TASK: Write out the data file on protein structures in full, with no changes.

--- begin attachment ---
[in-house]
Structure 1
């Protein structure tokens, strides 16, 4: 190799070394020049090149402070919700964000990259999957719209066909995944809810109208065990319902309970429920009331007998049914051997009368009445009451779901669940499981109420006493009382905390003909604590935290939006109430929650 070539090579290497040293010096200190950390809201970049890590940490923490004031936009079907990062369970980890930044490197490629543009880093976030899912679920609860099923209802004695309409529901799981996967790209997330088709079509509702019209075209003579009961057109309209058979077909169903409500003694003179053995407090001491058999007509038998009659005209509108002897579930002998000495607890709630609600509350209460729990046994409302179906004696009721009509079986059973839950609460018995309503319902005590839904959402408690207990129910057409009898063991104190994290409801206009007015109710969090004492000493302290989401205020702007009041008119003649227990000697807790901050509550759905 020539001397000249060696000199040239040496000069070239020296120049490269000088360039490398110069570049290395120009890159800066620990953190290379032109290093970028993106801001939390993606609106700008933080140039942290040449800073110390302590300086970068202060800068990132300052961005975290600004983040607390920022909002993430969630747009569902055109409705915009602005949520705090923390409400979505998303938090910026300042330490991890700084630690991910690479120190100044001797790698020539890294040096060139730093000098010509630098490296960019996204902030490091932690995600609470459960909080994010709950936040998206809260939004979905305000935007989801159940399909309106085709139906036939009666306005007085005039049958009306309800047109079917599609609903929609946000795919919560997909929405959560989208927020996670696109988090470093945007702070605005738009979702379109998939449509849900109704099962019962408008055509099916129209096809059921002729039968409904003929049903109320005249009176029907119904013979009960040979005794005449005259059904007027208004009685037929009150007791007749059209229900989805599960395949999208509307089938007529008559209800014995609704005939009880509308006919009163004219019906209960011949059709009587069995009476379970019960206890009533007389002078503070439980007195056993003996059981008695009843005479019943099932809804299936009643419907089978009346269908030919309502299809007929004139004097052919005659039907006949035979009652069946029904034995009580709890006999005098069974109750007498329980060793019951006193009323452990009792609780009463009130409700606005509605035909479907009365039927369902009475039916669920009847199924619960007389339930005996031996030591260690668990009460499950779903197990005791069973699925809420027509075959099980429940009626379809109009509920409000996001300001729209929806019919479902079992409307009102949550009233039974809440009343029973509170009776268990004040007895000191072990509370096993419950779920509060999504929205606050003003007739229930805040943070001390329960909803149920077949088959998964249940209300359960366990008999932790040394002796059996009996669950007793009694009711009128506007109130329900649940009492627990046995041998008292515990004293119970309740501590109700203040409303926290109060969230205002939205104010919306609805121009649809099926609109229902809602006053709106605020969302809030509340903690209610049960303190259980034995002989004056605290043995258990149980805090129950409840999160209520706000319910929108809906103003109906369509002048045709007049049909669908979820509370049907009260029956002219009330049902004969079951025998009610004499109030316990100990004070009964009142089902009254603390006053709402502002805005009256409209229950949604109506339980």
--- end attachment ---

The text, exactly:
[in-house]
Structure 1
């Protein structure tokens, strides 16, 4: 190799070394020049090149402070919700964000990259999957719209066909995944809810109208065990319902309970429920009331007998049914051997009368009445009451779901669940499981109420006493009382905390003909604590935290939006109430929650 070539090579290497040293010096200190950390809201970049890590940490923490004031936009079907990062369970980890930044490197490629543009880093976030899912679920609860099923209802004695309409529901799981996967790209997330088709079509509702019209075209003579009961057109309209058979077909169903409500003694003179053995407090001491058999007509038998009659005209509108002897579930002998000495607890709630609600509350209460729990046994409302179906004696009721009509079986059973839950609460018995309503319902005590839904959402408690207990129910057409009898063991104190994290409801206009007015109710969090004492000493302290989401205020702007009041008119003649227990000697807790901050509550759905 020539001397000249060696000199040239040496000069070239020296120049490269000088360039490398110069570049290395120009890159800066620990953190290379032109290093970028993106801001939390993606609106700008933080140039942290040449800073110390302590300086970068202060800068990132300052961005975290600004983040607390920022909002993430969630747009569902055109409705915009602005949520705090923390409400979505998303938090910026300042330490991890700084630690991910690479120190100044001797790698020539890294040096060139730093000098010509630098490296960019996204902030490091932690995600609470459960909080994010709950936040998206809260939004979905305000935007989801159940399909309106085709139906036939009666306005007085005039049958009306309800047109079917599609609903929609946000795919919560997909929405959560989208927020996670696109988090470093945007702070605005738009979702379109998939449509849900109704099962019962408008055509099916129209096809059921002729039968409904003929049903109320005249009176029907119904013979009960040979005794005449005259059904007027208004009685037929009150007791007749059209229900989805599960395949999208509307089938007529008559209800014995609704005939009880509308006919009163004219019906209960011949059709009587069995009476379970019960206890009533007389002078503070439980007195056993003996059981008695009843005479019943099932809804299936009643419907089978009346269908030919309502299809007929004139004097052919005659039907006949035979009652069946029904034995009580709890006999005098069974109750007498329980060793019951006193009323452990009792609780009463009130409700606005509605035909479907009365039927369902009475039916669920009847199924619960007389339930005996031996030591260690668990009460499950779903197990005791069973699925809420027509075959099980429940009626379809109009509920409000996001300001729209929806019919479902079992409307009102949550009233039974809440009343029973509170009776268990004040007895000191072990509370096993419950779920509060999504929205606050003003007739229930805040943070001390329960909803149920077949088959998964249940209300359960366990008999932790040394002796059996009996669950007793009694009711009128506007109130329900649940009492627990046995041998008292515990004293119970309740501590109700203040409303926290109060969230205002939205104010919306609805121009649809099926609109229902809602006053709106605020969302809030509340903690209610049960303190259980034995002989004056605290043995258990149980805090129950409840999160209520706000319910929108809906103003109906369509002048045709007049049909669908979820509370049907009260029956002219009330049902004969079951025998009610004499109030316990100990004070009964009142089902009254603390006053709402502002805005009256409209229950949604109506339980």